Many stories exist about plagiarism and lack of ethics regarding Black women's research. To prevent a continuation of questionable practices and cooptation of ideas about historical wellness, here is a sample citation folks may use for this work. Though publications are forthcoming, citations about tea can be used below from the Black Women's Yoga History book or from this website itself. #CiteBlackWomen #CiteASista.
Evans, Stephanie. “Africana Tea: A Global History of Black Women's Health." AfricanaTea.net. Published February 22, 2022. Access date XXX https://africanatea.net/.
BLACK WOMEN'S YOGA HISTORY CITATION
"Put in more complex terms, Black women’s yoga traditions are a kaleidoscope of conscious nonactivity and consciousness-raising activity. The reflections of authors who mention yoga or meditation in their memoirs offer resounding support for the practices of contemplative thought and mindful living rooted in standpoints of race and gender. We lay down, sit, stretch, chant, walk, and practice tai chi and qigong. We write, read, play the piano, listen to Motown and ride a bus, train, or airplane. We scuba dive in the Indian Ocean. We luxuriate in red velvet rooms, pray in churches and mosques and ashrams, breathe in private sanctuaries, and love freely in hippie communes. We sit in Paris coffee shops and on our back porches, ride horses, and contemplate rocks and sand in Japanese gardens in Tokyo. We meditate to heal from debilitating illness and to gain strength for athletic victory. We sip tea, drink wine, and smoke herb. We fast, purify with water, eat vegan, or embrace vegetarianism. We cook and we eat. We draw, paint, dance, and sing. We meditate to remember, to forget, to honor God, and to honor loved ones. We practice yoga. We meditate to relax and to live. And, we relax and live to resist the forces that have been trying to kill us for centuries."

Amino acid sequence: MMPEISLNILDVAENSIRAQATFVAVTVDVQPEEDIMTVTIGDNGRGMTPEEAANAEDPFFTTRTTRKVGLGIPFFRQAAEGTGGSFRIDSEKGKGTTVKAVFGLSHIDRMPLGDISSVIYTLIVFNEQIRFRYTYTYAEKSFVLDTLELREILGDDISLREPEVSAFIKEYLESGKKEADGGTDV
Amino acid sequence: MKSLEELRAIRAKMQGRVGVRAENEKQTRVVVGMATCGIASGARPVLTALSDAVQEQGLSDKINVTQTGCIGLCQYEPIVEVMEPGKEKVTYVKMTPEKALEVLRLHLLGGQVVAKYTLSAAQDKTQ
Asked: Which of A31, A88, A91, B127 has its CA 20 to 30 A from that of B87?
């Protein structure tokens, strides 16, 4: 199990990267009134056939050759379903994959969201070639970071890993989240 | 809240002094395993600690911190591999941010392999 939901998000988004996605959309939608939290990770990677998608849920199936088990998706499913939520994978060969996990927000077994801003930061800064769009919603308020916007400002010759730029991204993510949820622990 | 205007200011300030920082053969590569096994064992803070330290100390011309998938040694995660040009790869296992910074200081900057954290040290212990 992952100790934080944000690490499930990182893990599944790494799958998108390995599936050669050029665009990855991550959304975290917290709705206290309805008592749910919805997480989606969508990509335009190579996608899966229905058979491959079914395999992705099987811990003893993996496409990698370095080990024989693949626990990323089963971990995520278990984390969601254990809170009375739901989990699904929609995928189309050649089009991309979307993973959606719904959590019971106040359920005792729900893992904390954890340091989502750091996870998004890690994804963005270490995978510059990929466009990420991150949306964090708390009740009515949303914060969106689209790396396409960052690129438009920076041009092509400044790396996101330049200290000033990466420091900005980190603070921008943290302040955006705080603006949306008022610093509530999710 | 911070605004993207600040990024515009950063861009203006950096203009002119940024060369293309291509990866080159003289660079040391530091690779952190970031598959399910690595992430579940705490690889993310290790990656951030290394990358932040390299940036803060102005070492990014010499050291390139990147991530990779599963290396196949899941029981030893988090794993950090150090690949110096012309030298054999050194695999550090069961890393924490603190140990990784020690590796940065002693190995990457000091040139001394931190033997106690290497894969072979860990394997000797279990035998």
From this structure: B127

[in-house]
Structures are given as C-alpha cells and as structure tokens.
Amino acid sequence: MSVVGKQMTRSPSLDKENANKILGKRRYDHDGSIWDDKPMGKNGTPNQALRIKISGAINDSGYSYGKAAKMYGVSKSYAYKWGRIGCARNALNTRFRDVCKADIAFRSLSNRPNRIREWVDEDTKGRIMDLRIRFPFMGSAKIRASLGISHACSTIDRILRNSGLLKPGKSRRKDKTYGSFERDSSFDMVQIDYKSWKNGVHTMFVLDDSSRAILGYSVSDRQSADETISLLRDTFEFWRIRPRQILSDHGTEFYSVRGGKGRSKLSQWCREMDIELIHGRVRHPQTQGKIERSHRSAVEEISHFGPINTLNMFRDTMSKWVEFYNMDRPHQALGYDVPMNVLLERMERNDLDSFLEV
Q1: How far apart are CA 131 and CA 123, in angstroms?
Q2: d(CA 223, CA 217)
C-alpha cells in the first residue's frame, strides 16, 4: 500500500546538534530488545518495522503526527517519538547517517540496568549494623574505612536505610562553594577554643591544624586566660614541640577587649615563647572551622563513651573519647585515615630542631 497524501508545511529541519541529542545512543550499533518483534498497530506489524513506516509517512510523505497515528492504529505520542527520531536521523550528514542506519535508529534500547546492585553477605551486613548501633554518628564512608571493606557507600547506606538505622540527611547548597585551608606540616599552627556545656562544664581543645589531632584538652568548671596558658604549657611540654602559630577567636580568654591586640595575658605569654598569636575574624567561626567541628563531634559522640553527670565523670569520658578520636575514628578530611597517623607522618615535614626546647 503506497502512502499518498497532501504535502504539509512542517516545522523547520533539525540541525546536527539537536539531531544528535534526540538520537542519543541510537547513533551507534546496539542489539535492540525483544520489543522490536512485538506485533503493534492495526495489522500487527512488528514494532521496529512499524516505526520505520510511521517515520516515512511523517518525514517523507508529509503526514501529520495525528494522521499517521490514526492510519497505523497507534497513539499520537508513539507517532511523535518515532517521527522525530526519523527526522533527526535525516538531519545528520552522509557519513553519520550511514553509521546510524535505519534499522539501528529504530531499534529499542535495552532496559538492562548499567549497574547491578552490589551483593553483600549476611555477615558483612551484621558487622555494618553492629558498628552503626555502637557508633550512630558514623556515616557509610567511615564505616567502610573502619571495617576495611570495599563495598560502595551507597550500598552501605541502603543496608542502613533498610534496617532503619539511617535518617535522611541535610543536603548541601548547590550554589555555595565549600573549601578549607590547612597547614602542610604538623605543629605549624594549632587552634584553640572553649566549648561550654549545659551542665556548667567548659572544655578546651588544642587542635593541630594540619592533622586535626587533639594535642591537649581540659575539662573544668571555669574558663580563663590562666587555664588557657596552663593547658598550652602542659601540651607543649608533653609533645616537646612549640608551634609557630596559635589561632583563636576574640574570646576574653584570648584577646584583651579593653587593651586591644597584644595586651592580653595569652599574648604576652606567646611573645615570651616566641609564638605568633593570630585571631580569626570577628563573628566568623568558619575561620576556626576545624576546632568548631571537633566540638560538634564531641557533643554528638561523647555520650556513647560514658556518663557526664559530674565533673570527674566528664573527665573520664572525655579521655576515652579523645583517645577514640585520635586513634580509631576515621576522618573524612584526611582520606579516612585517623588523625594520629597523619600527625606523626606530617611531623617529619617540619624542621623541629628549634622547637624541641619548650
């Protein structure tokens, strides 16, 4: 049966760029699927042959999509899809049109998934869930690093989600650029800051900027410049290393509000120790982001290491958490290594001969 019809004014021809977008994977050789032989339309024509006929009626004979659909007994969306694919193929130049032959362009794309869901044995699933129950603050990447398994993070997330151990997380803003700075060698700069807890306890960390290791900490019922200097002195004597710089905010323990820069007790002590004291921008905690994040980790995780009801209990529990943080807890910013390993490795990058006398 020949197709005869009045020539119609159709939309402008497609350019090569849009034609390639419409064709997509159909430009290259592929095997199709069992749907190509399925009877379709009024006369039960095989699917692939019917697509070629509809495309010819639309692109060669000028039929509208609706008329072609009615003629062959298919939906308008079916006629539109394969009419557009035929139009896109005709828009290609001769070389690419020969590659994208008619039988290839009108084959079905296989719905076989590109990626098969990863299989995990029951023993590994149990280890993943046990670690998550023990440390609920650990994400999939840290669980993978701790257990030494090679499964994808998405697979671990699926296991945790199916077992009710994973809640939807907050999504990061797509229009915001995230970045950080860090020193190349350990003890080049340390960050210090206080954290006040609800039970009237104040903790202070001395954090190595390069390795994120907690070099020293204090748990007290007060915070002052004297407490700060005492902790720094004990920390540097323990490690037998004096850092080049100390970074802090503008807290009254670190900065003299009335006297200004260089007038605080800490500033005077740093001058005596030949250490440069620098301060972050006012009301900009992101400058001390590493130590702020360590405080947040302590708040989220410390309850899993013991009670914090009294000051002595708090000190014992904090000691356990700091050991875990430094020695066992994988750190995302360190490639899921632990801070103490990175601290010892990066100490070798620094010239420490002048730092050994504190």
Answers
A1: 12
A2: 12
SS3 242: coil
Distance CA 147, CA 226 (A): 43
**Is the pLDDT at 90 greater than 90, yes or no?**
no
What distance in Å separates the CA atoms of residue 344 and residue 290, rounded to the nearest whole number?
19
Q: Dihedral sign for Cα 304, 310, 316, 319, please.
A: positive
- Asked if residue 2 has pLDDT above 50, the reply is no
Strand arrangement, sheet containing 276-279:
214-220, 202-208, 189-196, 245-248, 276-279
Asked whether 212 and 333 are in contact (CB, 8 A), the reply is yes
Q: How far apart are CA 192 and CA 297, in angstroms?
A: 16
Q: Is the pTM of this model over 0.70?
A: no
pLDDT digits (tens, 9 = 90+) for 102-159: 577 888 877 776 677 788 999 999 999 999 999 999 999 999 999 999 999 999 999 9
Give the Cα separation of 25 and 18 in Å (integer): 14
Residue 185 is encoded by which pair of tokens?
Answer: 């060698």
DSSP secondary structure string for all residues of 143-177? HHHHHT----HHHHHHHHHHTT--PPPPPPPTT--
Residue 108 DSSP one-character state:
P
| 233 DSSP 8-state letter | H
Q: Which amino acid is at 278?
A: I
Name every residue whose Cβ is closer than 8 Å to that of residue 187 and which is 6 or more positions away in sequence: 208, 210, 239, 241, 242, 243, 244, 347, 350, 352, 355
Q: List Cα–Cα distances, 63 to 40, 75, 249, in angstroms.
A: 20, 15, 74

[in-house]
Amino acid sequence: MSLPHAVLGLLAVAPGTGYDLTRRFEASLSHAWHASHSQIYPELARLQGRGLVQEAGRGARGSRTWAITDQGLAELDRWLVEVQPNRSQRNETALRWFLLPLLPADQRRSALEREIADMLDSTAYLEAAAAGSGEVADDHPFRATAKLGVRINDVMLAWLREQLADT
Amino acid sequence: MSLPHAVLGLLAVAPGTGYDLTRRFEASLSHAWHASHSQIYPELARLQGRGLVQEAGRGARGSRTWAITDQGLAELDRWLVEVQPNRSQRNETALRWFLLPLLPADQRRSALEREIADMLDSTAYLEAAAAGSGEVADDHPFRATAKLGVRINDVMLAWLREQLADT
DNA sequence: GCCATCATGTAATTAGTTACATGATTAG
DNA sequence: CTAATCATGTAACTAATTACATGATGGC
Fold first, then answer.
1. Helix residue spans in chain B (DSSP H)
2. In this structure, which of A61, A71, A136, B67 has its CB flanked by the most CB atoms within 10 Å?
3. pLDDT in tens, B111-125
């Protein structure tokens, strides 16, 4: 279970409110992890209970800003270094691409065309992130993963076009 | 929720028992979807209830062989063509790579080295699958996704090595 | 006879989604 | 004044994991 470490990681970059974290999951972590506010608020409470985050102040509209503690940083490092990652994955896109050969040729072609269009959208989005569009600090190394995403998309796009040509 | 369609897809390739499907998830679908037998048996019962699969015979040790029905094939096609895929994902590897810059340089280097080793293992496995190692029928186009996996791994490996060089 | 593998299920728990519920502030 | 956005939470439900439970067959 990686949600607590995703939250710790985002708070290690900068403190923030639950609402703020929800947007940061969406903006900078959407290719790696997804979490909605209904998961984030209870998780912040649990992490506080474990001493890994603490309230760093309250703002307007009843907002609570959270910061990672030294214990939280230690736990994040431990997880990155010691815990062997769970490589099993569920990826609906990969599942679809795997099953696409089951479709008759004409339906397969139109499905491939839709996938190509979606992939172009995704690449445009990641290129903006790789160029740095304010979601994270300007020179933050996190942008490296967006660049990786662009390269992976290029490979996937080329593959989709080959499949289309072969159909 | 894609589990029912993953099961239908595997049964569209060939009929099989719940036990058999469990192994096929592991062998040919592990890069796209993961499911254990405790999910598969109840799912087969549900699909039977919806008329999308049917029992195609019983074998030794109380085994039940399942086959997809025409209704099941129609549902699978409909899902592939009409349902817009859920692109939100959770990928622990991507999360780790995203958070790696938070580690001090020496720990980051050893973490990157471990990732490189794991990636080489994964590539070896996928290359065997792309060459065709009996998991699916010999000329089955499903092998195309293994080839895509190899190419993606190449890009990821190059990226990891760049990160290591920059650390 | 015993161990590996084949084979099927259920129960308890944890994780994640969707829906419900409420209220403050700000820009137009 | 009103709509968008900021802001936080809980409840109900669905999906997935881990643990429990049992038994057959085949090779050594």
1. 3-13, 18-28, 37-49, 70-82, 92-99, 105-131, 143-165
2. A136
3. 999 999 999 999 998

Evans, Stephanie Y.. Black Women's Yoga History (SUNY series in Black Women's Wellness) (p. 405-406). State University of New York Press.
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